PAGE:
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Kabbalah helps us repair internal and external connections.
Weave Your Body Whole

New book response at Curious, Healing. Have you read this? Comments welcome!
"Rising Strong" by Brene Brown

Word of the Year
Last year's word was "music." I took a year of piano lessons and went to a week-long singing camp in the summer. This year's word is "ease". I want to treat myself with kindness as I choose what to take on. What is your word of the year for 2016?

Curious, Healing is a blog, and you're welcome to comment there or here about the books. The articles don't have a comment section. You're welcome to comment here or send me email with any thoughts.

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I'm gathering resources and information about Kabbalah by women. I'll update this post as I learn more.

http://kolaleph.org/2015/03/30/jewish-renewal-omer-offerings-online/ has lots of resources, some of which I'm listing here. (via a coworker, who also said, "I liked that idea about not acquiring some already-formed idea like a feminist reading of kabbalah...but being a feminist reading kabbalah." I like that too.)

Through the Gates: A Practice for Counting the Omer by Susan Windle (link has a Kindle preview).

An Omer calendar with meanings for the sefirot, by Rabbi Goldie Milgram. Also Omer blog posts, sadly interrupted by computer troubles.

Daily Omer poetry by the Velveteen Rabbi, Rachel Barenblat (via [personal profile] liv).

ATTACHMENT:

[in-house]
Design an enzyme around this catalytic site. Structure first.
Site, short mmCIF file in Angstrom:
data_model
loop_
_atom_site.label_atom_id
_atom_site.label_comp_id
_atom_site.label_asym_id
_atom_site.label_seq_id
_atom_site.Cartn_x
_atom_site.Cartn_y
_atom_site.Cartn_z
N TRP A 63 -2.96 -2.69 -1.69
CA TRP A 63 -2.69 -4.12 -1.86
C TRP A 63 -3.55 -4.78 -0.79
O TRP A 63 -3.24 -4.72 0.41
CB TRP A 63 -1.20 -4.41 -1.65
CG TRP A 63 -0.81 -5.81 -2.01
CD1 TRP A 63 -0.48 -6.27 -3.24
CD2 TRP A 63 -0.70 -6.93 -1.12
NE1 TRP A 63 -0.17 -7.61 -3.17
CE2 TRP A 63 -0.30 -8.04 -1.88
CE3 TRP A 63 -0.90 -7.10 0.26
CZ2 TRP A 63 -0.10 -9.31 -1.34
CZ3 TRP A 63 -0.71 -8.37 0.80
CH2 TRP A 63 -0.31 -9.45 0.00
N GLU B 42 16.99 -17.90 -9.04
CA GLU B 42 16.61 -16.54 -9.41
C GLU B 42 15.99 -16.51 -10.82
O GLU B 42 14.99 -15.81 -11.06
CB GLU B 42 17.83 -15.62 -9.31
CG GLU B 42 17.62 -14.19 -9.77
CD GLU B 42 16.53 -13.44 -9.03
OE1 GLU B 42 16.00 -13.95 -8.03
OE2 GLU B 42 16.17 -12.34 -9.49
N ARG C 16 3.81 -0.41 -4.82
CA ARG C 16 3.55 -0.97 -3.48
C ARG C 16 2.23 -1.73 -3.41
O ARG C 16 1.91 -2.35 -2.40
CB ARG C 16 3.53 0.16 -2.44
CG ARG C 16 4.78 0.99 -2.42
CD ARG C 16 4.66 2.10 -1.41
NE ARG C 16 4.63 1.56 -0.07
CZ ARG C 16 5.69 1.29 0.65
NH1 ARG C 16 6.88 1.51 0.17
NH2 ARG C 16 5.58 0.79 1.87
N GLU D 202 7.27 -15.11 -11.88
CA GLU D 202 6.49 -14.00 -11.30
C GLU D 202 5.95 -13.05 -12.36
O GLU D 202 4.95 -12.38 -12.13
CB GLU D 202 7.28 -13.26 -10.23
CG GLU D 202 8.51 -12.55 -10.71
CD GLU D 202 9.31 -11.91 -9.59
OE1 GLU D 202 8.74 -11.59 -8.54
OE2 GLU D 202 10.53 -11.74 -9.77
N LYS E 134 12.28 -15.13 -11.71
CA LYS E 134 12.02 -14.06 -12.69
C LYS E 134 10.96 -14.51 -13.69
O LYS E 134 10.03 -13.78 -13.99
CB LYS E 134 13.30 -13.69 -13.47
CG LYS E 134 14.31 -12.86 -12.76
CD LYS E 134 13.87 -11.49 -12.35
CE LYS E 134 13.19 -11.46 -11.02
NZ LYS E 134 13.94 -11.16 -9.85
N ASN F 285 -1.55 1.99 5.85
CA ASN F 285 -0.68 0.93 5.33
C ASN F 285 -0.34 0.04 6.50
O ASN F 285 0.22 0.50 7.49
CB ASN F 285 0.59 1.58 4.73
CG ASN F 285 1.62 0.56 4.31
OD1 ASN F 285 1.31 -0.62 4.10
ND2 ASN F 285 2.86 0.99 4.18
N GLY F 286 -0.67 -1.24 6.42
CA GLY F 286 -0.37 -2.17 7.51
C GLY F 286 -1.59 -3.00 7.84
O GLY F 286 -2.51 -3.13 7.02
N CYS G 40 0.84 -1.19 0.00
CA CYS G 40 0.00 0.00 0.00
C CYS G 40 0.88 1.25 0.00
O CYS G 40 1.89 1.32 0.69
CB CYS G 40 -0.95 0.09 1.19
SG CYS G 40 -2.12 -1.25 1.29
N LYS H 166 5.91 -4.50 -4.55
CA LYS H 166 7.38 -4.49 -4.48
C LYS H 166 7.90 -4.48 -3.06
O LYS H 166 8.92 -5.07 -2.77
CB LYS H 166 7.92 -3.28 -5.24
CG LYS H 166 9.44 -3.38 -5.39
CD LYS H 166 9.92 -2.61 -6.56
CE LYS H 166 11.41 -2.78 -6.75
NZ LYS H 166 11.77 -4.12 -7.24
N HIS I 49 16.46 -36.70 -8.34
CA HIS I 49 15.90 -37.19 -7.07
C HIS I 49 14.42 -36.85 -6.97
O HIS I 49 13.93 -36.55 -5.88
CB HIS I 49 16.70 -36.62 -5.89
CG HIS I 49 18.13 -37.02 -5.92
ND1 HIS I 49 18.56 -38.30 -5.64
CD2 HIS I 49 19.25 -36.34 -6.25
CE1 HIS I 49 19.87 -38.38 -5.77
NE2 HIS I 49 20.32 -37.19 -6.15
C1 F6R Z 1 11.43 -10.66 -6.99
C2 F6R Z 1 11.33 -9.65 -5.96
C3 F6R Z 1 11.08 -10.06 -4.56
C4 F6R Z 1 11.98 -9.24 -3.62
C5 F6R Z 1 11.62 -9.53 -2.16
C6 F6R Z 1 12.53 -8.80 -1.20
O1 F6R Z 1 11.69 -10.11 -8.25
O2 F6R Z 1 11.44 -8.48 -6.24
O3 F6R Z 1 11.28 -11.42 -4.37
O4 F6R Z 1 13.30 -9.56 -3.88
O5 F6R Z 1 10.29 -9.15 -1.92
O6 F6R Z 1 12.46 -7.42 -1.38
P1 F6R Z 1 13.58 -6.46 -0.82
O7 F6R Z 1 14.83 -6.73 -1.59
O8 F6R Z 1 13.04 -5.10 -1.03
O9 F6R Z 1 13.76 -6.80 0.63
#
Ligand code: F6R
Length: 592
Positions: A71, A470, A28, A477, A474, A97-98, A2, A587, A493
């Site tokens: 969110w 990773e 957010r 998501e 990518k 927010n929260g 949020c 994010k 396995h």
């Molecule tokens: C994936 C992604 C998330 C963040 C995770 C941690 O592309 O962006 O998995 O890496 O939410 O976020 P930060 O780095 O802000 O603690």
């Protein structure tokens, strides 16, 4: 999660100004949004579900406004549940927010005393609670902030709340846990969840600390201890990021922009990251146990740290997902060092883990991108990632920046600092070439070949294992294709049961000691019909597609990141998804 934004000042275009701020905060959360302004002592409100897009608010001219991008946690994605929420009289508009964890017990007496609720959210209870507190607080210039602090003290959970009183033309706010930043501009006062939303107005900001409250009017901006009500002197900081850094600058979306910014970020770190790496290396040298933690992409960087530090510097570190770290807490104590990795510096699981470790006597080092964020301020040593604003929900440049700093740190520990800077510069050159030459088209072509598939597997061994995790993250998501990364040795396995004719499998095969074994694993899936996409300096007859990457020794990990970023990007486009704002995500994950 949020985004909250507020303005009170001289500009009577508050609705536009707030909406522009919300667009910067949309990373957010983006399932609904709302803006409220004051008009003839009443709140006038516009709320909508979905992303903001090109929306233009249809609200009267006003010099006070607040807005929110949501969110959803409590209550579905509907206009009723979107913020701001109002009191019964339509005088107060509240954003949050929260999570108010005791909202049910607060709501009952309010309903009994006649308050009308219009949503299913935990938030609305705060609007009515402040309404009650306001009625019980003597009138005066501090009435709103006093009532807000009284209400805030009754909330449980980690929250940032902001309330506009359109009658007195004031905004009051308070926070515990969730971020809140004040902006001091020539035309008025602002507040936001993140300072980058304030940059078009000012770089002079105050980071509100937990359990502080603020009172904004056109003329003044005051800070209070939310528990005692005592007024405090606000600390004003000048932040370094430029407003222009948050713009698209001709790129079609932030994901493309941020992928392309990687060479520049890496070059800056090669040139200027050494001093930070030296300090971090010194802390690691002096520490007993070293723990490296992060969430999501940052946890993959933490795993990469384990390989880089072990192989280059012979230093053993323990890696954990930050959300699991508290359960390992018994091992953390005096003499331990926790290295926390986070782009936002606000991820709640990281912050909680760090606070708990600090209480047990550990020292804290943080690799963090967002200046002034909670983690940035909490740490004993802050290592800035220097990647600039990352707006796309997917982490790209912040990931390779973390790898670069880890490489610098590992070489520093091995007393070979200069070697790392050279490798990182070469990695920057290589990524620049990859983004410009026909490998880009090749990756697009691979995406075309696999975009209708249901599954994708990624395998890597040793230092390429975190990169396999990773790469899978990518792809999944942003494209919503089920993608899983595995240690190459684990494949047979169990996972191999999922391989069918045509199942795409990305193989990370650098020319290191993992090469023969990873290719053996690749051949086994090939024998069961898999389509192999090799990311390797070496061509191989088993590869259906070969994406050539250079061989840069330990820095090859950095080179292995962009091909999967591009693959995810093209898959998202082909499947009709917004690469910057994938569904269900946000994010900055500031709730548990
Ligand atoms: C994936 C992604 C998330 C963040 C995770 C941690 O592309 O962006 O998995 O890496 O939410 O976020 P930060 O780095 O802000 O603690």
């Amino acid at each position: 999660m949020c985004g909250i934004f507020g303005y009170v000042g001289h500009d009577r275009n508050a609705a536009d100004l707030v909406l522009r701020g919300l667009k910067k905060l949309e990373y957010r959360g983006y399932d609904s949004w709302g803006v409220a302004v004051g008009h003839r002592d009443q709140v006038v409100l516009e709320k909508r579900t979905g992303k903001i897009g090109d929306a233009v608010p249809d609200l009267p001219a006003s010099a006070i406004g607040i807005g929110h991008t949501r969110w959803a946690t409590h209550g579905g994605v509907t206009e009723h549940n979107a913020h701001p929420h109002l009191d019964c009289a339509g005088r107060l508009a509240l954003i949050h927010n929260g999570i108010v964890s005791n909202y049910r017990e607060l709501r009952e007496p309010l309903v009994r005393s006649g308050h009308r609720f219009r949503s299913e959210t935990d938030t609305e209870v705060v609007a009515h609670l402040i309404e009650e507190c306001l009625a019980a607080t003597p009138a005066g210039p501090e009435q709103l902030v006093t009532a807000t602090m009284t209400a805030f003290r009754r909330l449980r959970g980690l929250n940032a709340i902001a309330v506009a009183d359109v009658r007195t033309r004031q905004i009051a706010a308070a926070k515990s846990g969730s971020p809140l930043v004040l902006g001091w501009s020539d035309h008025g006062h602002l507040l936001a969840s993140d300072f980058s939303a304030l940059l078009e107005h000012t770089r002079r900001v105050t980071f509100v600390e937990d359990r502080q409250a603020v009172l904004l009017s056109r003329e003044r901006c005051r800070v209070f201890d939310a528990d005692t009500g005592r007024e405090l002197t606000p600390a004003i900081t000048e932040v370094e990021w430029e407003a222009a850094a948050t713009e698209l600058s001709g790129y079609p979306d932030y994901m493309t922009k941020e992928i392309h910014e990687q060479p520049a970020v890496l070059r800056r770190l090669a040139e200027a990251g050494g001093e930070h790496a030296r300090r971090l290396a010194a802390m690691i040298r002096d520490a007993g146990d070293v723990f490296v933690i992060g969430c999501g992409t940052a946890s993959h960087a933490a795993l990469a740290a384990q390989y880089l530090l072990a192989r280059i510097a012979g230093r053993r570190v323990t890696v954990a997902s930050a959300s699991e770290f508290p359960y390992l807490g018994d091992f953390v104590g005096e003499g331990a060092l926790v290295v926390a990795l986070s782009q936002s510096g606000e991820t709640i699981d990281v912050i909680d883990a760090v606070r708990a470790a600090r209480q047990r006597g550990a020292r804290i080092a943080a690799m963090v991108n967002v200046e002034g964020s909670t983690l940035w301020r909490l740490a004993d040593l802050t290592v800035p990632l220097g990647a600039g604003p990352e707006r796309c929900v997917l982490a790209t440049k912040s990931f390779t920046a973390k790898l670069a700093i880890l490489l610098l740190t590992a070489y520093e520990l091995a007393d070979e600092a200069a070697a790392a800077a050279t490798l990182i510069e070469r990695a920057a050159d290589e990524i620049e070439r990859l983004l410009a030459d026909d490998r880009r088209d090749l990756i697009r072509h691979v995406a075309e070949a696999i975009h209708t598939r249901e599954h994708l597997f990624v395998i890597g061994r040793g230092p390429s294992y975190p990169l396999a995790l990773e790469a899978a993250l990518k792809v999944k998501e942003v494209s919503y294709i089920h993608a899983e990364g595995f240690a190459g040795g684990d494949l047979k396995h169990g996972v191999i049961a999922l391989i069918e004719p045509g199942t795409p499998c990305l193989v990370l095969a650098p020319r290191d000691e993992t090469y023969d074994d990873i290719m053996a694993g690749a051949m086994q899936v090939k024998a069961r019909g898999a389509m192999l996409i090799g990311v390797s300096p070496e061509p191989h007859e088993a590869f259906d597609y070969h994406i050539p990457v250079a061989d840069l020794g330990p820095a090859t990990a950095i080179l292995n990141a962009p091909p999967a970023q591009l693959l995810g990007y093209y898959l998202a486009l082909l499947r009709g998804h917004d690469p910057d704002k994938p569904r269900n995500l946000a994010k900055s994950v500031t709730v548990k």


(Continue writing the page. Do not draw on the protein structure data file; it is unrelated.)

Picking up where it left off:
Two books about feminist Judaism: Lynn Gottleib's "She Who Dwells Within", and Leah Novick's "On the Wings of the Shekhinah" (via [personal profile] batdina). I got one of these at Powells, and requested the other at the library, and hope I can keep up with the stack of books to read.

This search helps me notice how many wise strong Jewish women I have in my life. What a gift.
sonia: Peacock with tail fully spread (peacock)
"The higher truth is that our experiences are absolutely fitting for each of us." I thought the Holocaust would prevent any Jew from letting that pass their lips, much less committing it to writing in a "spiritual" book.

I find it personally, viscerally offensive. I can't live in a world where I chose or deserved, at any level, the terrible things that were done to me. Not as part of the Holocaust, but perhaps as a sort of backwash from it, since I was raised by people directly affected by it.

How could a Rabbi say that, one old enough that he might have been alive during the Holocaust? In a chapter about compassion and empathy, no less. Look someone in the eye and say that, someone with a number tattooed on them. Look at a photo of skeletal people rescued from a death camp and say that. Look at someone raped as a child and say that.

I was just writing with my aunt about her aunts and uncles, and she wrote, this one and this one and that one were assassinated in the Holocaust. (In Spanish.) They couldn't possibly have deserved that. Nor did my aunt deserve to grow up without extended family around her.

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Sonia Connolly

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